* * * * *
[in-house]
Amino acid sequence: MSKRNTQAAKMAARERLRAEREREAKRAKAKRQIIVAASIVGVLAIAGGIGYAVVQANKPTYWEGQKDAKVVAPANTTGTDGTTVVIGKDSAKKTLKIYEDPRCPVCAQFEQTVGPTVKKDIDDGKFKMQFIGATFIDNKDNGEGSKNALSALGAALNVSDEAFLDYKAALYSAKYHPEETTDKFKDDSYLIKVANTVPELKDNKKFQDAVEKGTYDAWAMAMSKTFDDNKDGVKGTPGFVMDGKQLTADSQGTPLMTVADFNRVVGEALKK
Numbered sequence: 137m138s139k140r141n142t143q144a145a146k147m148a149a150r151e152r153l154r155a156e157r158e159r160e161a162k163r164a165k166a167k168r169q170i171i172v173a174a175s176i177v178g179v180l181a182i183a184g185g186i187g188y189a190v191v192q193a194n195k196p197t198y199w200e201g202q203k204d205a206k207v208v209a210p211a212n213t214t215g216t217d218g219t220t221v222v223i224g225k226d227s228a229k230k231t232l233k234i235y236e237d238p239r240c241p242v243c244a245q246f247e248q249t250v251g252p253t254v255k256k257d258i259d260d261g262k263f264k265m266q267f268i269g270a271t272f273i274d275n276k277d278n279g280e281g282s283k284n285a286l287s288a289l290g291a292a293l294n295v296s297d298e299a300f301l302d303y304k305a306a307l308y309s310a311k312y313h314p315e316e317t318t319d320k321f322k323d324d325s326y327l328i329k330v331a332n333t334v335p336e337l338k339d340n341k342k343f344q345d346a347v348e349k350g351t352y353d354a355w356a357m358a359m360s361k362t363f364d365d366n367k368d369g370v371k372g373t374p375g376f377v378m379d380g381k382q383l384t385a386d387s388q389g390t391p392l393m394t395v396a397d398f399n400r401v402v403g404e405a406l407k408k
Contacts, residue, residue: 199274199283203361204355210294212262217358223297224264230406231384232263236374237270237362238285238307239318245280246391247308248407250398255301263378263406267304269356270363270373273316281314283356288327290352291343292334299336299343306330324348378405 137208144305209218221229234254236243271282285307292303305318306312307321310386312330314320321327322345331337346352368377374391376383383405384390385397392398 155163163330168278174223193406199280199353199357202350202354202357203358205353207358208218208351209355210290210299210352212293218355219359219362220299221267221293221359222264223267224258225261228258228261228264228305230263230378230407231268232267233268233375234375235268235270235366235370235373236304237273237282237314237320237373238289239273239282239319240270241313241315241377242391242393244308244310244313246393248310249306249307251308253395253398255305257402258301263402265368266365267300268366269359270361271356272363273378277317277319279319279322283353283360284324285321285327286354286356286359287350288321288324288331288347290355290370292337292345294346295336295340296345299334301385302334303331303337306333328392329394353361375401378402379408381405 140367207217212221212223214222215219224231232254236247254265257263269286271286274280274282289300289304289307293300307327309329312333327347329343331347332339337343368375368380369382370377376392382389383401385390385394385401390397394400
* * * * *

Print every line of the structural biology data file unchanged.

[in-house]
Amino acid sequence: MSKRNTQAAKMAARERLRAEREREAKRAKAKRQIIVAASIVGVLAIAGGIGYAVVQANKPTYWEGQKDAKVVAPANTTGTDGTTVVIGKDSAKKTLKIYEDPRCPVCAQFEQTVGPTVKKDIDDGKFKMQFIGATFIDNKDNGEGSKNALSALGAALNVSDEAFLDYKAALYSAKYHPEETTDKFKDDSYLIKVANTVPELKDNKKFQDAVEKGTYDAWAMAMSKTFDDNKDGVKGTPGFVMDGKQLTADSQGTPLMTVADFNRVVGEALKK
Numbered sequence: 137m138s139k140r141n142t143q144a145a146k147m148a149a150r151e152r153l154r155a156e157r158e159r160e161a162k163r164a165k166a167k168r169q170i171i172v173a174a175s176i177v178g179v180l181a182i183a184g185g186i187g188y189a190v191v192q193a194n195k196p197t198y199w200e201g202q203k204d205a206k207v208v209a210p211a212n213t214t215g216t217d218g219t220t221v222v223i224g225k226d227s228a229k230k231t232l233k234i235y236e237d238p239r240c241p242v243c244a245q246f247e248q249t250v251g252p253t254v255k256k257d258i259d260d261g262k263f264k265m266q267f268i269g270a271t272f273i274d275n276k277d278n279g280e281g282s283k284n285a286l287s288a289l290g291a292a293l294n295v296s297d298e299a300f301l302d303y304k305a306a307l308y309s310a311k312y313h314p315e316e317t318t319d320k321f322k323d324d325s326y327l328i329k330v331a332n333t334v335p336e337l338k339d340n341k342k343f344q345d346a347v348e349k350g351t352y353d354a355w356a357m358a359m360s361k362t363f364d365d366n367k368d369g370v371k372g373t374p375g376f377v378m379d380g381k382q383l384t385a386d387s388q389g390t391p392l393m394t395v396a397d398f399n400r401v402v403g404e405a406l407k408k
Contacts, residue, residue: 199274199283203361204355210294212262217358223297224264230406231384232263236374237270237362238285238307239318245280246391247308248407250398255301263378263406267304269356270363270373273316281314283356288327290352291343292334299336299343306330324348378405 137208144305209218221229234254236243271282285307292303305318306312307321310386312330314320321327322345331337346352368377374391376383383405384390385397392398 155163163330168278174223193406199280199353199357202350202354202357203358205353207358208218208351209355210290210299210352212293218355219359219362220299221267221293221359222264223267224258225261228258228261228264228305230263230378230407231268232267233268233375234375235268235270235366235370235373236304237273237282237314237320237373238289239273239282239319240270241313241315241377242391242393244308244310244313246393248310249306249307251308253395253398255305257402258301263402265368266365267300268366269359270361271356272363273378277317277319279319279322283353283360284324285321285327286354286356286359287350288321288324288331288347290355290370292337292345294346295336295340296345299334301385302334303331303337306333328392329394353361375401378402379408381405 140367207217212221212223214222215219224231232254236247254265257263269286271286274280274282289300289304289307293300307327309329312333327347329343331347332339337343368375368380369382370377376392382389383401385390385394385401390397394400